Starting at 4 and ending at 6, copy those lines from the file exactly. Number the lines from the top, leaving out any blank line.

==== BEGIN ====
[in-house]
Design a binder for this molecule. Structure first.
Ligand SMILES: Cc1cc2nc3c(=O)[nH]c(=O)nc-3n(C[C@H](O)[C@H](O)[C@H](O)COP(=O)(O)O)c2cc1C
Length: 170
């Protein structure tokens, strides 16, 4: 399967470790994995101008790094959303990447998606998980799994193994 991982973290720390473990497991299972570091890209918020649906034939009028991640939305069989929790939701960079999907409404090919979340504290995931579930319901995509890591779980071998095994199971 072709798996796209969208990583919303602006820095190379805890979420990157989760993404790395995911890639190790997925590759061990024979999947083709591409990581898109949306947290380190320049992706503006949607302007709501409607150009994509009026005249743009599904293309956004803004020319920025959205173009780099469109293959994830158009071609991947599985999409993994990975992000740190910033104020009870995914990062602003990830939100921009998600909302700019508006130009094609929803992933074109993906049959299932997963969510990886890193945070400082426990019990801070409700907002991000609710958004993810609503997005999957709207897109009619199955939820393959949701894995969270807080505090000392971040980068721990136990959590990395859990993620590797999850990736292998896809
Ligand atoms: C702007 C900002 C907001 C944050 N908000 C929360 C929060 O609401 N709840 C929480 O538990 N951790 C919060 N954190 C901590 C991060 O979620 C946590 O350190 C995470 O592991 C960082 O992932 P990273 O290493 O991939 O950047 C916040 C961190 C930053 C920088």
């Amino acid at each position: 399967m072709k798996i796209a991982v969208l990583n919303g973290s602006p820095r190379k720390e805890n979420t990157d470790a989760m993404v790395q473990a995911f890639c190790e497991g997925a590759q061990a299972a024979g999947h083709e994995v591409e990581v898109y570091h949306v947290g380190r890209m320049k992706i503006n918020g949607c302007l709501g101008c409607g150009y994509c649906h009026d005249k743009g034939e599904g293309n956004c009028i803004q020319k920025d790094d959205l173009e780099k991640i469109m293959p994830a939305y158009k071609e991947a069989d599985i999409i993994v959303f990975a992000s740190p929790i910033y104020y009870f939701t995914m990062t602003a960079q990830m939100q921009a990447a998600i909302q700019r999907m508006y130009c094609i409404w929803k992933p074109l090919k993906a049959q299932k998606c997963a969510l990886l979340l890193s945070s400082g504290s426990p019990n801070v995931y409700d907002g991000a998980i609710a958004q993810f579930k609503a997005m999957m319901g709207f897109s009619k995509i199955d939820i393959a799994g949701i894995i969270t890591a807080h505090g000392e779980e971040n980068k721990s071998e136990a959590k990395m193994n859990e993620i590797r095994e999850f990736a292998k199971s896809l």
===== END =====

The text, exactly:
Length: 170
């Protein structure tokens, strides 16, 4: 399967470790994995101008790094959303990447998606998980799994193994 991982973290720390473990497991299972570091890209918020649906034939009028991640939305069989929790939701960079999907409404090919979340504290995931579930319901995509890591779980071998095994199971 072709798996796209969208990583919303602006820095190379805890979420990157989760993404790395995911890639190790997925590759061990024979999947083709591409990581898109949306947290380190320049992706503006949607302007709501409607150009994509009026005249743009599904293309956004803004020319920025959205173009780099469109293959994830158009071609991947599985999409993994990975992000740190910033104020009870995914990062602003990830939100921009998600909302700019508006130009094609929803992933074109993906049959299932997963969510990886890193945070400082426990019990801070409700907002991000609710958004993810609503997005999957709207897109009619199955939820393959949701894995969270807080505090000392971040980068721990136990959590990395859990993620590797999850990736292998896809
Ligand atoms: C702007 C900002 C907001 C944050 N908000 C929360 C929060 O609401 N709840 C929480 O538990 N951790 C919060 N954190 C901590 C991060 O979620 C946590 O350190 C995470 O592991 C960082 O992932 P990273 O290493 O991939 O950047 C916040 C961190 C930053 C920088």